October Snowman

The air still had that chimney smell, but there was harshness to it. The wind would blow, rattling windows and bones until nothing felt safe. The cold would penetrate, but that's what it does. The dark would come early, bringing with it the misery that inspired ghost stories and superstition. The snowman knew these details better and more intimately than he knew what gave him life.

He sat on the pavement, back against the bus stop pole. The lights weren't on yet, covering the street in shadows it was unaccustomed to, and hiding him from the cars passing by. Those drivers observant enough may have caught a brief glimpse of him out of the corner of their headlights, but their subconsciouses immediately recognized him as something outside of the ordinary, and so edited him out of the waking mind. He was as a ghost, only he had no stories to accompany him.

The wind swept up as another presence made itself known. The snowman blinked, relishing the friction of his soft eyelids brushing over his eyes of ice. A dried colored leaf blew past the snowman's foot and he considered it intently. "You wish to speak to me?" His breath formed no cloud in the air as he spoke. "You have grievances?"

The leaf danced and was soon joined by other leaves, pirouetting together in the wind. Smoke emerged from the air itself, swirling through the leaves until they began to form a figure who stood before the seated snowman. The smoke twisted and writhed through the creature, and when he spoke, it passed through his lips in wreaths. "Why are you here?"

The snowman carefully rubbed his fingertips on the concrete, grinding them down until they were flat, leaving a small pile of white on the ground. "I'm necessary."

A deep grumble emanated from the smoke and leaves. "You're early."

Another long pause as the snowman carefully considered all of his surroundings excluding the figure addressing him. "I come when I come."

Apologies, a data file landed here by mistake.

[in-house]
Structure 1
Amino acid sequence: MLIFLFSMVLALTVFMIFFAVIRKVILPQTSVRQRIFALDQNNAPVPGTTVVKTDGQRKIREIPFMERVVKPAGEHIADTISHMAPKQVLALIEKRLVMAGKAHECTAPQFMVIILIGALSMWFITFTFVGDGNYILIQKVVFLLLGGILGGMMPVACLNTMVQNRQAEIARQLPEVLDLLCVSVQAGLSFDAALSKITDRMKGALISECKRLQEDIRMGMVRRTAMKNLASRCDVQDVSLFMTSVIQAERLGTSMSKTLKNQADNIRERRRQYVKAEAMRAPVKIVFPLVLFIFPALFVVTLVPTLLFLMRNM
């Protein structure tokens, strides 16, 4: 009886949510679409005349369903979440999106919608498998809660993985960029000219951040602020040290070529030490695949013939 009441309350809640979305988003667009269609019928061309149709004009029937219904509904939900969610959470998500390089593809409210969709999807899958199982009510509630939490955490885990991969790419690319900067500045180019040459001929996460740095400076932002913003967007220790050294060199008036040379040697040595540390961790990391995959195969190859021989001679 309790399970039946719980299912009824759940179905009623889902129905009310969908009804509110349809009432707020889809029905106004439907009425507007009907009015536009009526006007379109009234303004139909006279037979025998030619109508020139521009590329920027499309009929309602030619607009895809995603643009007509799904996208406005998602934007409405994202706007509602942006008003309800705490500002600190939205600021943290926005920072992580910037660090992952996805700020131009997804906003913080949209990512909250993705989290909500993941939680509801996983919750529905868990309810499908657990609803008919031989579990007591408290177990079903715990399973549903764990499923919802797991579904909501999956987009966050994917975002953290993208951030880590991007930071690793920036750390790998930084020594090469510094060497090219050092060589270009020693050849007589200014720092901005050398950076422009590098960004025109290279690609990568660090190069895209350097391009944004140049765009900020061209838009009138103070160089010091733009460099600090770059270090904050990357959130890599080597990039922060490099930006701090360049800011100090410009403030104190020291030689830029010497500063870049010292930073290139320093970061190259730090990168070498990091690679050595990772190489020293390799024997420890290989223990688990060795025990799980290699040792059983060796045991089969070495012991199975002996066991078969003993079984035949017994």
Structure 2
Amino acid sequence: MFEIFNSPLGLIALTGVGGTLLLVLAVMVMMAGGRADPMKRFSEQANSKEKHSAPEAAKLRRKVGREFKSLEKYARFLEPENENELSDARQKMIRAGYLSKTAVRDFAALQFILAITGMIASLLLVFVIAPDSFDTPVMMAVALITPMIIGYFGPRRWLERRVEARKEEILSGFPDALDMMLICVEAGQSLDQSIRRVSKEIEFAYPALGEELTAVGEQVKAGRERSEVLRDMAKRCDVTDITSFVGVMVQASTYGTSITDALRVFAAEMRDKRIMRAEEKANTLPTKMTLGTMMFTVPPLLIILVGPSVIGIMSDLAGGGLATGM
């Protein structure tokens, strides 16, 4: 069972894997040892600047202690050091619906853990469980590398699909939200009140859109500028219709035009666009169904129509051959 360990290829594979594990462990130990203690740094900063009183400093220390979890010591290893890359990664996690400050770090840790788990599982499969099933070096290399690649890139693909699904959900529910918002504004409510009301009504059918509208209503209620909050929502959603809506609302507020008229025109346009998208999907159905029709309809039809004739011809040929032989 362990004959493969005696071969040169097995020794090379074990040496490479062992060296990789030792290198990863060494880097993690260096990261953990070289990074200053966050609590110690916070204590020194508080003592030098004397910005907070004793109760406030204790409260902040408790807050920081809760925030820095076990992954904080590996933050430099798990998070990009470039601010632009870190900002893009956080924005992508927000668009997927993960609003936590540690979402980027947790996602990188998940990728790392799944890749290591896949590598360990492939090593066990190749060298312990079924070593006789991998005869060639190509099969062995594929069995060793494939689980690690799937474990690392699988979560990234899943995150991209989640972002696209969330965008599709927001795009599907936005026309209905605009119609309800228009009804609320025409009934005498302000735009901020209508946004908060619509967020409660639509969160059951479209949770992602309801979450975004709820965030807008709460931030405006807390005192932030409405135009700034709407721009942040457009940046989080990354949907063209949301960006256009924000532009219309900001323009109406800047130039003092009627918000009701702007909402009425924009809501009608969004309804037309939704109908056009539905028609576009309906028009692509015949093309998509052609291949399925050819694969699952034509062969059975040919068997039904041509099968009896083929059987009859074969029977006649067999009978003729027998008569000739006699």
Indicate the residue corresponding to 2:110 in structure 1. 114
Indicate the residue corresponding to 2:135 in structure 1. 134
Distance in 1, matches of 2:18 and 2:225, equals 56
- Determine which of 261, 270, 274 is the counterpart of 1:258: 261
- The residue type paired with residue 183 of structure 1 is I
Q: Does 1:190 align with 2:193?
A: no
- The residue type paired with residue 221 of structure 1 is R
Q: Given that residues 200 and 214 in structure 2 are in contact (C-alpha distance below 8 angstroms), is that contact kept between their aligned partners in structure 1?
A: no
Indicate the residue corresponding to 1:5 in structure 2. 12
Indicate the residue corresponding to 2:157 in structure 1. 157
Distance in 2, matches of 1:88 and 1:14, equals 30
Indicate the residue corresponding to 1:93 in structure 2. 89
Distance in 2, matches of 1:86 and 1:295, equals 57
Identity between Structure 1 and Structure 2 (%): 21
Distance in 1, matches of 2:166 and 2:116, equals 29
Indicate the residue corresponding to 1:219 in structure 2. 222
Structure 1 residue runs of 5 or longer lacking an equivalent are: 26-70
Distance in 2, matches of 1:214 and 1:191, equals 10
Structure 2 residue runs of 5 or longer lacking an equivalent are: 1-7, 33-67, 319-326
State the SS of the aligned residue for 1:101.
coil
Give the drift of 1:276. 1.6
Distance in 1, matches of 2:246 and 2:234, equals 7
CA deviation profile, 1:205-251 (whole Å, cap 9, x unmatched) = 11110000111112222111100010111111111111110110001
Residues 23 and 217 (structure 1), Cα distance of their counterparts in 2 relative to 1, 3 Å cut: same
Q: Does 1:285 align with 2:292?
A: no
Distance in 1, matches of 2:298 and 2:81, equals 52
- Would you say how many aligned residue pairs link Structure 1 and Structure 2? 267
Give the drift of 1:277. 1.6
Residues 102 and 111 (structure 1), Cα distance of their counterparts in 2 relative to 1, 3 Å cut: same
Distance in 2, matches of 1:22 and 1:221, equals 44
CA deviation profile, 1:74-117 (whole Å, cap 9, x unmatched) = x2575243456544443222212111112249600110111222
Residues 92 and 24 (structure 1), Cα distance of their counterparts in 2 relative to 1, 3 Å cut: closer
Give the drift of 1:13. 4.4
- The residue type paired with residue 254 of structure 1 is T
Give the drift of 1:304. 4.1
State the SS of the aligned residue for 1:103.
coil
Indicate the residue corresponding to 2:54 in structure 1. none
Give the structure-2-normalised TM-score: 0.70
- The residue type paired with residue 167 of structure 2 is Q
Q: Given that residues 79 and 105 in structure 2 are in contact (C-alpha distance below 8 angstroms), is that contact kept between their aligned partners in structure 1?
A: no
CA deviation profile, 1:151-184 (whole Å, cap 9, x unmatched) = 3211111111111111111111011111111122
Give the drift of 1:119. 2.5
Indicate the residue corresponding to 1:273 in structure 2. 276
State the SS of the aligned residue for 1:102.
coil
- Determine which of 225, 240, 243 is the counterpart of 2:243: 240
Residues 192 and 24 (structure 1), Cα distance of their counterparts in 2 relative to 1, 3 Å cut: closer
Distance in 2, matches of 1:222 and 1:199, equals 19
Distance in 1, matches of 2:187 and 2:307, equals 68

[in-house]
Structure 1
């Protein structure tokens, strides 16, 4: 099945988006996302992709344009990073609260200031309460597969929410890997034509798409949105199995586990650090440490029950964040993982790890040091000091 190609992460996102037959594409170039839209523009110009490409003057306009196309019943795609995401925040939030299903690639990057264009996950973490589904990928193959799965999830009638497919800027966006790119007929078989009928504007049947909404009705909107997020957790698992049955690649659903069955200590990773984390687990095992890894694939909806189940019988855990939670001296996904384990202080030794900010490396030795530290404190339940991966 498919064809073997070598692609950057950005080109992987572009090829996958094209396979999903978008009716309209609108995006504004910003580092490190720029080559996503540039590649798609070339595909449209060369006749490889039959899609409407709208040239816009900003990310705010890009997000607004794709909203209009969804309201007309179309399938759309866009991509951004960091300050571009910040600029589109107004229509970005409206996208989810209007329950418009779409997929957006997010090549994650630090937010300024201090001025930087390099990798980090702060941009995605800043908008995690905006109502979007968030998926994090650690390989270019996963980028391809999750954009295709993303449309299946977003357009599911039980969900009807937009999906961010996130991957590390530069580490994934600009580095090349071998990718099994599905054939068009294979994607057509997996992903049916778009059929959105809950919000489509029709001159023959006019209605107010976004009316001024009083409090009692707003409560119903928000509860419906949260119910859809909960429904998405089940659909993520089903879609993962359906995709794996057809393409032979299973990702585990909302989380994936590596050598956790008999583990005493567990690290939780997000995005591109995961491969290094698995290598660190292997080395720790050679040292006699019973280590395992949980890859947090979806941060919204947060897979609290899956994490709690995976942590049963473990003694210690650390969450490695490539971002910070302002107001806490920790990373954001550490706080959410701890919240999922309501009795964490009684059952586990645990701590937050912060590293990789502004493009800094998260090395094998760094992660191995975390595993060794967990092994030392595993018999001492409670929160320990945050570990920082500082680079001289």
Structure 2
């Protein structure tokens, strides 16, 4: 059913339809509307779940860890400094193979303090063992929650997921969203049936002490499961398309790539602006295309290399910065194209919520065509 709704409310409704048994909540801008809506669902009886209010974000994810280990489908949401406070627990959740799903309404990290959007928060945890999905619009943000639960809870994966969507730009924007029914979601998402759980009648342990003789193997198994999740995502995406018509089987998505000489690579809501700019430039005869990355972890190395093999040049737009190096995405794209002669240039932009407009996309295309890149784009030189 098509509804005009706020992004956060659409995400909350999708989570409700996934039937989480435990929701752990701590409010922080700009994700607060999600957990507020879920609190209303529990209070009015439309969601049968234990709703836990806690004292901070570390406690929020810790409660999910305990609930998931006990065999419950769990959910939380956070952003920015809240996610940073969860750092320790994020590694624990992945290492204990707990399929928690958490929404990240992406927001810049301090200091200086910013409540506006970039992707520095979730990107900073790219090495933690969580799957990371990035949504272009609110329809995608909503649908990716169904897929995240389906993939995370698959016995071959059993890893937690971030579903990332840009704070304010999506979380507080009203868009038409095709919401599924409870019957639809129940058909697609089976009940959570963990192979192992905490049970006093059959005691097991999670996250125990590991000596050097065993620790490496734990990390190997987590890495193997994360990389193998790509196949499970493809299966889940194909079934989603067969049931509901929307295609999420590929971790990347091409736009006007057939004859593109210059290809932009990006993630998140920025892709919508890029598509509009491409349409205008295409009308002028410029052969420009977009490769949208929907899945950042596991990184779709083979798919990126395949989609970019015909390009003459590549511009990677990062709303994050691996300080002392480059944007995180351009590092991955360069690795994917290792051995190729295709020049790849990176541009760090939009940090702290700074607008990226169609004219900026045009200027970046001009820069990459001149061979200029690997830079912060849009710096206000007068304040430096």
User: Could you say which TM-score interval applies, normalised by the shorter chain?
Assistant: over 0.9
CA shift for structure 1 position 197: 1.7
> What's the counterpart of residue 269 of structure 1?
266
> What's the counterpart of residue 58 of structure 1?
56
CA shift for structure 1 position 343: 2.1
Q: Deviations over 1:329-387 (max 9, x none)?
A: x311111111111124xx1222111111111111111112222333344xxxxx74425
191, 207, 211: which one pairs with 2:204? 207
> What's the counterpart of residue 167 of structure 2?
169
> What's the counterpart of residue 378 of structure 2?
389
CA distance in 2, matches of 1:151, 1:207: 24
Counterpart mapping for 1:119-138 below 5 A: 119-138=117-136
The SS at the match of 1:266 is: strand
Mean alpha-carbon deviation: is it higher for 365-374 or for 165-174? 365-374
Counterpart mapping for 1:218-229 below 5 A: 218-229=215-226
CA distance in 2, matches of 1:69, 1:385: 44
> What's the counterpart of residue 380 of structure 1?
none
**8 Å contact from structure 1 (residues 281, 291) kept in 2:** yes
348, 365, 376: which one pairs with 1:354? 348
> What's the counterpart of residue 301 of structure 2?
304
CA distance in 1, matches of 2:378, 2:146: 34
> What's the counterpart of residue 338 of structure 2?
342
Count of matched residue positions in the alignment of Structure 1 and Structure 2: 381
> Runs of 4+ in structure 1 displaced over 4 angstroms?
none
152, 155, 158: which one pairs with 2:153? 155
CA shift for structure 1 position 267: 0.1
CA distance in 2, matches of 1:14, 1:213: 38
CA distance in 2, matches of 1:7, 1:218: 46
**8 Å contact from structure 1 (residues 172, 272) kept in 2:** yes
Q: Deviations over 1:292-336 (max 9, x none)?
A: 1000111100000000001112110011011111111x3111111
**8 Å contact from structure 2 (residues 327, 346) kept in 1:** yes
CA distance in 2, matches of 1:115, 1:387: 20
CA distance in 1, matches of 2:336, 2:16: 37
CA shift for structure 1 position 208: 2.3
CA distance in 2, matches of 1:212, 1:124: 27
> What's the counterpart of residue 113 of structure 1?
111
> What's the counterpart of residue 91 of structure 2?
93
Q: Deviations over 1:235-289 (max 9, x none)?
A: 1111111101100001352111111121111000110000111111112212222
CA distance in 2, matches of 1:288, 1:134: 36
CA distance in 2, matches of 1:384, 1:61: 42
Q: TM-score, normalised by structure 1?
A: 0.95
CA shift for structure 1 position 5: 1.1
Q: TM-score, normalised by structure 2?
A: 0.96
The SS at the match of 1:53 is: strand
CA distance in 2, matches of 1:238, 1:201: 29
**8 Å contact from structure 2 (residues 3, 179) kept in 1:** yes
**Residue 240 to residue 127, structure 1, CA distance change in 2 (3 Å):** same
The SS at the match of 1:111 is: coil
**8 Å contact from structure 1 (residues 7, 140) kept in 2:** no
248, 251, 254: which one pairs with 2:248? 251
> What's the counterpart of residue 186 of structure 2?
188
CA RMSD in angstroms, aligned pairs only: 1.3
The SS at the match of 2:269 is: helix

The figure swept it's inconsistent arms out, gesturing at the world the snowman considered. "You're making them miserable. Can't you feel their tears, their anguish?"

The snowman looked into the whirling leaves, a reproachful look in his clear eyes. "I know them. I've known their joy as they nestle close to loved ones, safe from me. I've known their fear as they try and make their way home through me; And yes, I know their tears. I'm made from their tears." A small smile appeared on his face, creating a small crack that ran from the edge of his lips to behind his right ear. "And yet I can't cry, only melt."

"Then why are you here?" The figure's voice raised, desperation resonating in it. "You're not supposed to be here yet."

"I come when I come." The snowman repeated, then shrugged, feeling the soft crunch as his shoulders moved. "What do you know of it?"

"I know their wonder." The whirling smoke moved closer to the snowman. "I know the peace they feel when they watch the leaves fall. I know the sense of awe as they feel my warm, damp wind in their nostrils. I know their happiness."

The snowman appraised the form before reaching out and plucking a leaf from his figure. At his touch, the leaf lost all color it had remaining, drying into a husk and blowing into nothing. "They will feel these things again, just as they will feel the sadness again. We do not bow to their whims, we are unchanging. That is the nature of life." The snowman took a deep breath in, feeling the cold sting his lungs, as always. With a mighty breath, he exhaled a cold gale that scattered the leaves and smoke, leaving nothing behind. The snowman watched the air where the leaves had once been.

"Unchanging..." He uttered in lament, before stiffly standing and walking away from the bus stop, leaving a bit of himself with every step he took.